Masoud noted that Columbia has “students coming from Israel immediately after their military service, where they are trained to harass, attack, suppress and abuse Palestinians, and then they come to our campus and we see they are doing the same thing to our Palestinian students.”
Iqbal said that students have been trying to convey this reality to mainstream media but that their experiences have been downplayed and disconnected from the issue of Palestine altogether.
“[W]e’ve been saying this to all the news outlets, and [journalists have been] cut[ting] out the connection to Palestine and try[ing] to depoliticize [what has happened].”
Alwan had the same frustrations.
“I can’t lie — seeing the double standard with the media’s treatment of this situation, similar to what they’re doing in Palestine as we speak, has been completely disheartening and disillusioning…We had to post on social media and beg for coverage, and even when we got some coverage, reporters were focusing on the symptoms and ignoring the bigger picture.”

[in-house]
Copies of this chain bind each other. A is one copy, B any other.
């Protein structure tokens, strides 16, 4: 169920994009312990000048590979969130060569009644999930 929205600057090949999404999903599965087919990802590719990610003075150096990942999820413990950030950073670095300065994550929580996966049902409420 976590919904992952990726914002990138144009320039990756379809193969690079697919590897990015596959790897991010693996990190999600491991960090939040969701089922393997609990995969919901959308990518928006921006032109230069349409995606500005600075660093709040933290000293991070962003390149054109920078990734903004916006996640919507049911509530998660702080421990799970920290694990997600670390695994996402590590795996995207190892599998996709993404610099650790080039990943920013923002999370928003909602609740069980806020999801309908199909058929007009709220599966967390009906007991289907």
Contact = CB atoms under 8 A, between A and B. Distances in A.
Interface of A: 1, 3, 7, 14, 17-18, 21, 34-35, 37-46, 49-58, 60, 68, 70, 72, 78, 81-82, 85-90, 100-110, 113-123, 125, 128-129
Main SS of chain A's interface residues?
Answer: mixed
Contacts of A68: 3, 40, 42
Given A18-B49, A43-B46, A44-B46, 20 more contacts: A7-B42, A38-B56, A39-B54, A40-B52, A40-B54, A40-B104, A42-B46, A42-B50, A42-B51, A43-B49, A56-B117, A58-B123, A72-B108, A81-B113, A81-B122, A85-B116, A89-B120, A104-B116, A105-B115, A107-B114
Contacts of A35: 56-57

Despite the compounding anti-Palestinian harassment faced by student organizers on Columbia’s campus, the determination of student groups remains unfaltering as the pro-Palestine community of Columbia rallies behind student organizers.
“This incident has only emboldened me and showed me that I have to work past my fear and continue to protest Israeli genocide, apartheid, and occupation,” said Askanese.
“I don’t want to see this happening on my campus. I don’t want to see this happening in my name. And I don’t want to see this happening anywhere.”
Alwan shared Askanese’s sentiments, refusing to be silent in the face of ongoing violence:
“[T]his repression campaign is meant to stop us from speaking out, so we refuse to…[E]very time they try to silence us, it only encourages me to speak out more because they only stoop to such outright vile tactics when they know that we’re succeeding in changing the narrative.”